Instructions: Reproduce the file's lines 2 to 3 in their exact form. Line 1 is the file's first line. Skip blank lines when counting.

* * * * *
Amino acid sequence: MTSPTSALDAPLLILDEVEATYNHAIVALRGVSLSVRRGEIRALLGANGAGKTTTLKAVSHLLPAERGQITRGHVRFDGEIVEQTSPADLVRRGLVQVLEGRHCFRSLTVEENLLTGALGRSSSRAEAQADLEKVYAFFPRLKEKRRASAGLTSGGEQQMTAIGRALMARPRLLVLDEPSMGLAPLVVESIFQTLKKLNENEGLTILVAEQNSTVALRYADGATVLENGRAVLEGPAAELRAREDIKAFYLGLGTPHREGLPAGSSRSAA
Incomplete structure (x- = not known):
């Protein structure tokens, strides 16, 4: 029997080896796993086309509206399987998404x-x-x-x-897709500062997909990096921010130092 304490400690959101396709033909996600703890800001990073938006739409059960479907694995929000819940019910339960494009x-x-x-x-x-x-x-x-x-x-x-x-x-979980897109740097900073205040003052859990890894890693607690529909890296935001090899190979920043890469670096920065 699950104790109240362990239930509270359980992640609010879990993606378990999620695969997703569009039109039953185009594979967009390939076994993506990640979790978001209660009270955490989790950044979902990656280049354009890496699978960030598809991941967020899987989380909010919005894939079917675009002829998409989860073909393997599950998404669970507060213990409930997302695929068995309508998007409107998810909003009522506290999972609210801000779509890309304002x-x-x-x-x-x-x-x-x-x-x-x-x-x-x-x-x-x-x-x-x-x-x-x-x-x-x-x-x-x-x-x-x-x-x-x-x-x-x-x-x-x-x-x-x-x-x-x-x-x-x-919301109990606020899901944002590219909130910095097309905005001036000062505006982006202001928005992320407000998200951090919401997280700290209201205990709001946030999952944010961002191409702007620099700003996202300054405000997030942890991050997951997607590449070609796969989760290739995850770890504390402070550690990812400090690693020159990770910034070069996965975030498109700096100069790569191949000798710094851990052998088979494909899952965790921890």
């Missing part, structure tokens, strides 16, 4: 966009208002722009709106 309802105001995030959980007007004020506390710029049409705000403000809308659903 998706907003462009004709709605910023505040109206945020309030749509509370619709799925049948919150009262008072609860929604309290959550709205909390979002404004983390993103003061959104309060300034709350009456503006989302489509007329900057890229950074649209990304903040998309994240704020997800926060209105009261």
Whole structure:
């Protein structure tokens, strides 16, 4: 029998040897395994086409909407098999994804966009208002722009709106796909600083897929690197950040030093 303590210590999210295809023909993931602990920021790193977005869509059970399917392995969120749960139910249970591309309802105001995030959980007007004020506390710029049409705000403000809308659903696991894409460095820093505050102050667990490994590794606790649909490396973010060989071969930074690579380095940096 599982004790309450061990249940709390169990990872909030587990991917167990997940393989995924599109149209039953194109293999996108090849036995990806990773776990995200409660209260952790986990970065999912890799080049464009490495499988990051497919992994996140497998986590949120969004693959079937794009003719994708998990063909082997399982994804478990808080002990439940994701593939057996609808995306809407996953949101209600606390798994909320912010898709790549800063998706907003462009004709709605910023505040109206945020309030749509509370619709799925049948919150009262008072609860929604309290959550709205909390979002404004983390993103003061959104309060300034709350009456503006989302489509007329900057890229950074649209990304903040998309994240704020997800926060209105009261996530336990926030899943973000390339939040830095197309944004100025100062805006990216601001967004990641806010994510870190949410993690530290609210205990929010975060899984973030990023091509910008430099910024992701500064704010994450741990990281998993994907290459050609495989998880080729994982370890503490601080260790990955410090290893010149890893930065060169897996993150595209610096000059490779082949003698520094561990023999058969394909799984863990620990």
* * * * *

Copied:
Incomplete structure (x- = not known):
């Protein structure tokens, strides 16, 4: 029997080896796993086309509206399987998404x-x-x-x-897709500062997909990096921010130092 304490400690959101396709033909996600703890800001990073938006739409059960479907694995929000819940019910339960494009x-x-x-x-x-x-x-x-x-x-x-x-x-979980897109740097900073205040003052859990890894890693607690529909890296935001090899190979920043890469670096920065 699950104790109240362990239930509270359980992640609010879990993606378990999620695969997703569009039109039953185009594979967009390939076994993506990640979790978001209660009270955490989790950044979902990656280049354009890496699978960030598809991941967020899987989380909010919005894939079917675009002829998409989860073909393997599950998404669970507060213990409930997302695929068995309508998007409107998810909003009522506290999972609210801000779509890309304002x-x-x-x-x-x-x-x-x-x-x-x-x-x-x-x-x-x-x-x-x-x-x-x-x-x-x-x-x-x-x-x-x-x-x-x-x-x-x-x-x-x-x-x-x-x-x-x-x-x-x-919301109990606020899901944002590219909130910095097309905005001036000062505006982006202001928005992320407000998200951090919401997280700290209201205990709001946030999952944010961002191409702007620099700003996202300054405000997030942890991050997951997607590449070609796969989760290739995850770890504390402070550690990812400090690693020159990770910034070069996965975030498109700096100069790569191949000798710094851990052998088979494909899952965790921890």